To do this, we first need to store which thumbnail is selected. That means we’ll want to convert our model from a list to a record, to store both the list of photos and the current selectedUrl value at the same time.


Listing 3 Converting the model to a record

initialModel = 
    { photos = 
        [ { url = "1.jpeg" } 
        , { url = "2.jpeg" } 
        , { url = "3.jpeg" } 
        ] 
    , selectedUrl = "1.jpeg"  ❶  
    }

❶   Select the first photo by default


Next let’s update viewThumbnail to display the blue border for the selected thumbnail.

That’s easier said than done. Being a lowly helper function, viewThumbnail has no way to access the model—so it can’t know the current value of selectedUrl. But without knowing which thumbnail is selected, how can it possibly know whether to return a selected or unselected img?

It can’t! We’ll have to pass that information along from view to viewThumbnail.

Let’s rectify this situation by passing selectedUrl into viewThumbnail as an additional argument. Armed with that knowledge, it can situationally return an img with the "selected" class—which our CSS has already styled to display with a blue border—if the url of the given thumbnail matches selectedUrl.

viewThumbnail selectedUrl thumbnail = 
    if selectedUrl == thumbnail.url then 
        img 
            [ src (urlPrefix ++ thumbnail.url) 
            , class "selected" 
            ] 
            [] 
    else         img 
            [ src (urlPrefix ++ thumbnail.url) ] 
            []

Comparing our then and else cases, we see quite a bit of code duplication. The only thing different about them is whether class "selected" is present. Can we trim down this code?

Absolutely! We can use the Html.classList function. It builds a class attribute using a list of tuples, with each tuple containing first the desired class name, and second a boolean for whether to include the class included in the final class string.

Let’s refactor our above code to the following, which accomplishes the same thing:

viewThumbnail selectedUrl thumbnail = 
    img 
        [ src (urlPrefix ++ thumbnail.url) 
        , classList [ ( "selected", 
selectedUrl == thumbnail.url ) ] 
        ] 
        []

Now all that remains is to pass in selectedUrl, which we can do with an anonymous function. While we’re at it, let’s add another img to display a larger version of the selected photo.


Listing 4 Rendering Selected Thumbnail via anonymous function

	
view model = 
    div [ class "content" ] 
        [ h1 [] [ text "Photo Groove" ] 
        , div [ id "thumbnails" ] 
            (List.map (\photo -> viewThumbnail model.selectedUrl photo)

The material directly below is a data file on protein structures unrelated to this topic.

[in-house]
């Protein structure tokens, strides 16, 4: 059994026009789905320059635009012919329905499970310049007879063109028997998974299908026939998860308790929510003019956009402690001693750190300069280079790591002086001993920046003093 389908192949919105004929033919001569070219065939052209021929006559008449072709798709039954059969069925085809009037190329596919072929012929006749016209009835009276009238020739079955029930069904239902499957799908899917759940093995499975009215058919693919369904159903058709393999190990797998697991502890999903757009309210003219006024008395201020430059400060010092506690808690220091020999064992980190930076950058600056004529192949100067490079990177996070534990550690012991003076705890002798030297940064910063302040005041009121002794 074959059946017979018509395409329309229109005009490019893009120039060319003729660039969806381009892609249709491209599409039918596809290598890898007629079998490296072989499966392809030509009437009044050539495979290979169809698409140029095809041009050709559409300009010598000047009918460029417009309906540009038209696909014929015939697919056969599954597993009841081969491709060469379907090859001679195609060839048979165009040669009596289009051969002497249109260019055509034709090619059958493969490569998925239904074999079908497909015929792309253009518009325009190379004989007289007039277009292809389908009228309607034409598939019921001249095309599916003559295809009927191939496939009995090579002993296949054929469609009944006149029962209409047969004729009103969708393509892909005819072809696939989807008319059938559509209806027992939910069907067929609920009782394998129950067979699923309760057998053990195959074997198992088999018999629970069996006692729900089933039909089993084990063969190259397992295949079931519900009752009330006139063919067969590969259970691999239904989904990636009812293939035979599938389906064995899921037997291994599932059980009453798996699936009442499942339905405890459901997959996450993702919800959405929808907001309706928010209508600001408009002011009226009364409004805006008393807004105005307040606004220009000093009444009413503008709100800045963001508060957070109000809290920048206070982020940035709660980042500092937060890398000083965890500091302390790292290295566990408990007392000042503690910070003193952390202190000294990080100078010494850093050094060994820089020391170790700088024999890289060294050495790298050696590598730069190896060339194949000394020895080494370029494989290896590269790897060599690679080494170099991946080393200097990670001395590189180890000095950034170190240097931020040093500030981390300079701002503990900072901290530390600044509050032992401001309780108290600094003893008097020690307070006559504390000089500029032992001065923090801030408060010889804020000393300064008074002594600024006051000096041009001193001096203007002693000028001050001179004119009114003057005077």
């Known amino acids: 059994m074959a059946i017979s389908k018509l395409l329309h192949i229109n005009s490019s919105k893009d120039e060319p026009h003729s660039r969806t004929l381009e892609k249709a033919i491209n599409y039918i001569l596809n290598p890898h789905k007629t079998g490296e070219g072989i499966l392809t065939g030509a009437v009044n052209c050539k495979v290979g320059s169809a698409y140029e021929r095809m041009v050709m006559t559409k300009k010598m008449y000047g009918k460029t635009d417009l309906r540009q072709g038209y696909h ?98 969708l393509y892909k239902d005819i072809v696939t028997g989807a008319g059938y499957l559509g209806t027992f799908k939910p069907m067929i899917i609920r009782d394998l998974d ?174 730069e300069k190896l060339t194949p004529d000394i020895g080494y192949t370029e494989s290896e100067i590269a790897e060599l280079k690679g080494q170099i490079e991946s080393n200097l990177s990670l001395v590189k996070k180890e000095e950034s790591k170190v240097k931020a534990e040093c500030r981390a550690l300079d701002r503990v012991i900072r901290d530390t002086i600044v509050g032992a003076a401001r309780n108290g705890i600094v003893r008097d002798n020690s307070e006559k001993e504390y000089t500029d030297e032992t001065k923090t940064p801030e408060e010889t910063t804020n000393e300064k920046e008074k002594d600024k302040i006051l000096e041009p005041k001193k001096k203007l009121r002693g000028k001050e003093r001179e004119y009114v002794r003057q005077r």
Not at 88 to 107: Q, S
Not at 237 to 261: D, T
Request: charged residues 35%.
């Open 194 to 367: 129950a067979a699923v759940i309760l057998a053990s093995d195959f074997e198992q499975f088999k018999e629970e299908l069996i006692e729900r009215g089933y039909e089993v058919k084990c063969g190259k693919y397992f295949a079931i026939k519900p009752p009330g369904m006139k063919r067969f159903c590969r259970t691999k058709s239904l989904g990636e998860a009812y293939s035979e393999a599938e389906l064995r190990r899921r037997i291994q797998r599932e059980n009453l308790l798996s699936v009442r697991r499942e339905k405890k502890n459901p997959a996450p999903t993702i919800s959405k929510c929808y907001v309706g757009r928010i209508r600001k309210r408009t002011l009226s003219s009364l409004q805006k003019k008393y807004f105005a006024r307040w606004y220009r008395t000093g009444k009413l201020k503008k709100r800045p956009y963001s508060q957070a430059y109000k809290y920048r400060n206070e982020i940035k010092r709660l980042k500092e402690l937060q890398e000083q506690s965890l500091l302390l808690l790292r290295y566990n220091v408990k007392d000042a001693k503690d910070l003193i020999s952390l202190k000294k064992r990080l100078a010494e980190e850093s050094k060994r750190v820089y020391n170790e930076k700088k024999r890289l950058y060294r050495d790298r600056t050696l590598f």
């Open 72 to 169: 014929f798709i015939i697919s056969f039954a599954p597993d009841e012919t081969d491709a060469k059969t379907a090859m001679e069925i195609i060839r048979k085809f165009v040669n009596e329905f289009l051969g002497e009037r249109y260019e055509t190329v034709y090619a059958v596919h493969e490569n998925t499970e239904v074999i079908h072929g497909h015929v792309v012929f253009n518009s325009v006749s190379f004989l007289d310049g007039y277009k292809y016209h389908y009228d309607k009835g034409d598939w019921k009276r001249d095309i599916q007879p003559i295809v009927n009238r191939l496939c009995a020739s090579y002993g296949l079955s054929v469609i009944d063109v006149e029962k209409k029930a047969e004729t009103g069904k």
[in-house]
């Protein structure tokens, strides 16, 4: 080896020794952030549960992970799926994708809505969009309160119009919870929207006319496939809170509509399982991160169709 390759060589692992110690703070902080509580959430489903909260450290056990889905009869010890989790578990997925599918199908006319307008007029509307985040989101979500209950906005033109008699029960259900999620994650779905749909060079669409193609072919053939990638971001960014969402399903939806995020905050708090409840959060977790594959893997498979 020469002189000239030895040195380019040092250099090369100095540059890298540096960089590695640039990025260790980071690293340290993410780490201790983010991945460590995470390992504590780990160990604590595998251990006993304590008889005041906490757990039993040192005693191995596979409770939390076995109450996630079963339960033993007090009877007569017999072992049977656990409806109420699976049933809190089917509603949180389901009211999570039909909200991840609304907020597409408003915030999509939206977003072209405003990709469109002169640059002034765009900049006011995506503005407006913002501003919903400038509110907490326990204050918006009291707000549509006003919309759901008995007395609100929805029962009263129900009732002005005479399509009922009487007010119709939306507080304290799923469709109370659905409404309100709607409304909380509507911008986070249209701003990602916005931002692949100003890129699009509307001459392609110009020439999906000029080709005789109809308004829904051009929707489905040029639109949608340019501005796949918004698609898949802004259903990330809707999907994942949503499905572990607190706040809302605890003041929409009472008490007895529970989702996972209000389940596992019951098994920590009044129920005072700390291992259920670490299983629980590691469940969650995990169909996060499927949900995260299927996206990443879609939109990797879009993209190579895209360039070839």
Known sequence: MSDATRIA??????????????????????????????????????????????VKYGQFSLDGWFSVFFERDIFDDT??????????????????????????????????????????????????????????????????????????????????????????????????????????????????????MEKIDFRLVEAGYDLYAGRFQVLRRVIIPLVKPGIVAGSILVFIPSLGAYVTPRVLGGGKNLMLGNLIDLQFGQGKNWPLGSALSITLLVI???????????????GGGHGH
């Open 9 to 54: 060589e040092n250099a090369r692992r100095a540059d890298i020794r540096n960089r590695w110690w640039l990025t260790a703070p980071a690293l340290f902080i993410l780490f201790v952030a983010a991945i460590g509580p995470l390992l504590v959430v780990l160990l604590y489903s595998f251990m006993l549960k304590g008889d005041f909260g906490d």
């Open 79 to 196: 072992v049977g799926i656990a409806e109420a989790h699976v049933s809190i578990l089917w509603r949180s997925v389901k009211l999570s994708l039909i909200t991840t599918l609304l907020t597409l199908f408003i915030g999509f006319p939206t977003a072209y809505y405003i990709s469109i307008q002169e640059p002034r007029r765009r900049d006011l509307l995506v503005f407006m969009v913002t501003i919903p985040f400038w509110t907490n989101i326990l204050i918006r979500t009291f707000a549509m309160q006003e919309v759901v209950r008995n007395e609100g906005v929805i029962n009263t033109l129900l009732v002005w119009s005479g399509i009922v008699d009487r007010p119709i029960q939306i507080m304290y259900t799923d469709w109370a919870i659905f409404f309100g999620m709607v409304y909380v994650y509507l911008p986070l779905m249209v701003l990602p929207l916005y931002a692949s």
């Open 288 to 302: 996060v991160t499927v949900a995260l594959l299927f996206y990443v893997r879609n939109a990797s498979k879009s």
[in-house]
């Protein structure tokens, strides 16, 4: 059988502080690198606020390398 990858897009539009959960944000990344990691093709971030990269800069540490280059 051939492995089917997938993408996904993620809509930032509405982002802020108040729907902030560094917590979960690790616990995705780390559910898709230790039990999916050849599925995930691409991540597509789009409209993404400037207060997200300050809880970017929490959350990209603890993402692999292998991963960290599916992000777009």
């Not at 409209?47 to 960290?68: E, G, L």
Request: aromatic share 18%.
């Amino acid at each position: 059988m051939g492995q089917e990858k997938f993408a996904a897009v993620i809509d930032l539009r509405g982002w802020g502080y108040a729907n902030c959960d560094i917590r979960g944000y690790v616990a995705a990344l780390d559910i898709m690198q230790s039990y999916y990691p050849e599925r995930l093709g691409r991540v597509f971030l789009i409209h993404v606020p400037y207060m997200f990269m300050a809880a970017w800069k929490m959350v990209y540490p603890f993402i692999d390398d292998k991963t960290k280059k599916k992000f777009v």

model.photos 
            ) 
        , img    ❶  
            [ class "large" 
            , src (urlPrefix ++ "large/" ++ model.selectedUrl) 
            ] 
            [] 
        ]

❶   Display a larger version of the selected photo


If you recompile with the same elm-make command as before, the result should now look like Figure 4.


handling-user-input_04

Figure 4 Rendering the selected thumbnail alongside a larger version.


Looking good!

Replacing Anonymous Functions with Partial Application

Although the way we’ve written this works, it’s not quite idiomatic Elm code. The idiomatic style would be to remove the anonymous function:

Before: List.map (\photo -> viewThumbnail model.selectedUrl photo) model.photos
After:  List.map           (viewThumbnail model.selectedUrl)       model.photos

Whoa! Does the revised version still work? Do these two lines somehow do the same thing?

 

It totally does, and they totally do! This is because calling viewThumbnail without passing all of its arguments is an example of partially applying a function.

 

Definition Partially applying a function means providing one or more of its arguments, and getting back a new function which accepts the remaining arguments and finishes the job.

 

When we called viewThumbnail model.selectedUrl photo, we provided viewThumbnail with both arguments needed to return Html. If we call it without that second photo argument, what we get back isn’t Html, but rather a function—specifically a function that accepts the missing photo argument and then returns some Html.

 

Let’s think about how this would look in JavaScript, where functions aren’t set up to support partial application by default. If we’d written viewThumbnail in JavaScript, and wanted it to support partial application, it would look like this:

	
function viewThumbnail(selectedUrl) { 
    return function(thumbnail) { 
        if (selectedUrl=== thumbnail.url) { 
            // Render a selected thumbnail here 
        } else { 
            // Render a non-selected thumbnail here 
        } 
    }; 
}

Functions that can be partially applied, such as the one in this JavaScript code, are known as curried functions.

Definition A curried function is a function that can be partially applied.

All Elm functions are curried. That’s why when we call (viewThumbnail model.selectedUrl) we end up partially applying viewThumbnail, but not getting an undefined argument or an error.